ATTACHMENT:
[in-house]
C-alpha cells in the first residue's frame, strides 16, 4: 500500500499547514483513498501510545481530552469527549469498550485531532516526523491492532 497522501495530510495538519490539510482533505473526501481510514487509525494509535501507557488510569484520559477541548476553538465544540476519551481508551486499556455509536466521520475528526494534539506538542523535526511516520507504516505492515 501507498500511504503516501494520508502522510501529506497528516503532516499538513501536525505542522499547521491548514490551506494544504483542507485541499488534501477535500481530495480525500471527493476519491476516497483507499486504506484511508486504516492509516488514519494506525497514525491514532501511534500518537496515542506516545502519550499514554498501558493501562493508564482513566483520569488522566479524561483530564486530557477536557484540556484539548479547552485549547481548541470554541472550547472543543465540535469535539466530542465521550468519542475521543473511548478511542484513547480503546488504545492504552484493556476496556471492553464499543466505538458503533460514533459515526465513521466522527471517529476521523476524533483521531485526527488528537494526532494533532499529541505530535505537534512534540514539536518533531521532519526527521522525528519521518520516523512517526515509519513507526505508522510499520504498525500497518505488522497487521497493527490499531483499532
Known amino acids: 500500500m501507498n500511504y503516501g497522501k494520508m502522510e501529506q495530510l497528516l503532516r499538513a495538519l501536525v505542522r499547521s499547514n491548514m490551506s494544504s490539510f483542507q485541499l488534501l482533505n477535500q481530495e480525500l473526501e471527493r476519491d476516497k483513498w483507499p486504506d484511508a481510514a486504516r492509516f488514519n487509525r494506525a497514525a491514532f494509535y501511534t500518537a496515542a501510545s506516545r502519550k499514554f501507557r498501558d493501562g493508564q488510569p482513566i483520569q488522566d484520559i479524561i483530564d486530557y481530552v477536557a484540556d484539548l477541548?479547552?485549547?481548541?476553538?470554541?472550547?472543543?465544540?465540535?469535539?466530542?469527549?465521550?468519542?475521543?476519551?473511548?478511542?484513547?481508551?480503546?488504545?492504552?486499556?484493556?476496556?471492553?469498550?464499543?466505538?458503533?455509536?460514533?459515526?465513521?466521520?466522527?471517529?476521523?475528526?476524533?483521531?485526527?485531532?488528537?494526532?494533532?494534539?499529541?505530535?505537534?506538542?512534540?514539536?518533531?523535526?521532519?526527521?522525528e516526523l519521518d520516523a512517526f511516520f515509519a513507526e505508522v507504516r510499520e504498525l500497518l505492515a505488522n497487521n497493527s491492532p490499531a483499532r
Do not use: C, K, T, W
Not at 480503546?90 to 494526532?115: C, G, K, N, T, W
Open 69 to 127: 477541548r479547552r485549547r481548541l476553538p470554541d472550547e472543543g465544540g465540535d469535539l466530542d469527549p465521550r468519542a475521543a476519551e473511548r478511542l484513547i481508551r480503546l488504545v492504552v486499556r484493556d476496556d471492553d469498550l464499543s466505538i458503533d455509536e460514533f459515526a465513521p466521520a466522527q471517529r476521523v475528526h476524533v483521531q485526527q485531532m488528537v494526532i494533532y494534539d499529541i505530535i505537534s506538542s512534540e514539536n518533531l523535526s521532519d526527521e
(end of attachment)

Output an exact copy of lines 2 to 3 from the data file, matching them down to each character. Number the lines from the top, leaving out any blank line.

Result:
C-alpha cells in the first residue's frame, strides 16, 4: 500500500499547514483513498501510545481530552469527549469498550485531532516526523491492532 497522501495530510495538519490539510482533505473526501481510514487509525494509535501507557488510569484520559477541548476553538465544540476519551481508551486499556455509536466521520475528526494534539506538542523535526511516520507504516505492515 501507498500511504503516501494520508502522510501529506497528516503532516499538513501536525505542522499547521491548514490551506494544504483542507485541499488534501477535500481530495480525500471527493476519491476516497483507499486504506484511508486504516492509516488514519494506525497514525491514532501511534500518537496515542506516545502519550499514554498501558493501562493508564482513566483520569488522566479524561483530564486530557477536557484540556484539548479547552485549547481548541470554541472550547472543543465540535469535539466530542465521550468519542475521543473511548478511542484513547480503546488504545492504552484493556476496556471492553464499543466505538458503533460514533459515526465513521466522527471517529476521523476524533483521531485526527488528537494526532494533532499529541505530535505537534512534540514539536518533531521532519526527521522525528519521518520516523512517526515509519513507526505508522510499520504498525500497518505488522497487521497493527490499531483499532
Known amino acids: 500500500m501507498n500511504y503516501g497522501k494520508m502522510e501529506q495530510l497528516l503532516r499538513a495538519l501536525v505542522r499547521s499547514n491548514m490551506s494544504s490539510f483542507q485541499l488534501l482533505n477535500q481530495e480525500l473526501e471527493r476519491d476516497k483513498w483507499p486504506d484511508a481510514a486504516r492509516f488514519n487509525r494506525a497514525a491514532f494509535y501511534t500518537a496515542a501510545s506516545r502519550k499514554f501507557r498501558d493501562g493508564q488510569p482513566i483520569q488522566d484520559i479524561i483530564d486530557y481530552v477536557a484540556d484539548l477541548?479547552?485549547?481548541?476553538?470554541?472550547?472543543?465544540?465540535?469535539?466530542?469527549?465521550?468519542?475521543?476519551?473511548?478511542?484513547?481508551?480503546?488504545?492504552?486499556?484493556?476496556?471492553?469498550?464499543?466505538?458503533?455509536?460514533?459515526?465513521?466521520?466522527?471517529?476521523?475528526?476524533?483521531?485526527?485531532?488528537?494526532?494533532?494534539?499529541?505530535?505537534?506538542?512534540?514539536?518533531?523535526?521532519?526527521?522525528e516526523l519521518d520516523a512517526f511516520f515509519a513507526e505508522v507504516r510499520e504498525l500497518l505492515a505488522n497487521n497493527s491492532p490499531a483499532r